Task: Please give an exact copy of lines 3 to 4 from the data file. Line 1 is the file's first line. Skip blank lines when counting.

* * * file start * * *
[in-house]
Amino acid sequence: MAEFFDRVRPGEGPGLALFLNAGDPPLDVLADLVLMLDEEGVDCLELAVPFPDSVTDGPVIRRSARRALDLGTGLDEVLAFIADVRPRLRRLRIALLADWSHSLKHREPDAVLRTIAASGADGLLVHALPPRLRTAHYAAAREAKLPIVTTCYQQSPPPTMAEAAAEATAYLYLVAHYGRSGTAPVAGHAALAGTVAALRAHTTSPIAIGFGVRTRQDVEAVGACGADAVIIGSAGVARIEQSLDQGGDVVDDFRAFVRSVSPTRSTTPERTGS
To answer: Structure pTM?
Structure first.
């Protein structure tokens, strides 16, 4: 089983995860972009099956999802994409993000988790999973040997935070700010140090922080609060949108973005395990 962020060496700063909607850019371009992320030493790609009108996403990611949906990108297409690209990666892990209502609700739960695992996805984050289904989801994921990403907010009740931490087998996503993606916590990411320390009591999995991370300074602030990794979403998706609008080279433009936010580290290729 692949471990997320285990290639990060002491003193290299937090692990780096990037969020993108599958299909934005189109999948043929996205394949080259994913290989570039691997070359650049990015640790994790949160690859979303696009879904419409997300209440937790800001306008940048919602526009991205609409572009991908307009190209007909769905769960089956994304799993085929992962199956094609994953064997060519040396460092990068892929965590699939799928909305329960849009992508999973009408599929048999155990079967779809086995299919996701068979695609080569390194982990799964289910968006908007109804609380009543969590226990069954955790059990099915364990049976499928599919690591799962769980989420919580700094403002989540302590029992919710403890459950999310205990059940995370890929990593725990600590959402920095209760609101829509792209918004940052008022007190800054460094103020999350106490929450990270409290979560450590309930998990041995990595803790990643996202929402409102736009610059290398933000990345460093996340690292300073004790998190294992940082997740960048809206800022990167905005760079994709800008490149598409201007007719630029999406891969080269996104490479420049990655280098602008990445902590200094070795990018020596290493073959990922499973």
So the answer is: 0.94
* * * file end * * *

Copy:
To answer: Structure pTM?
Structure first.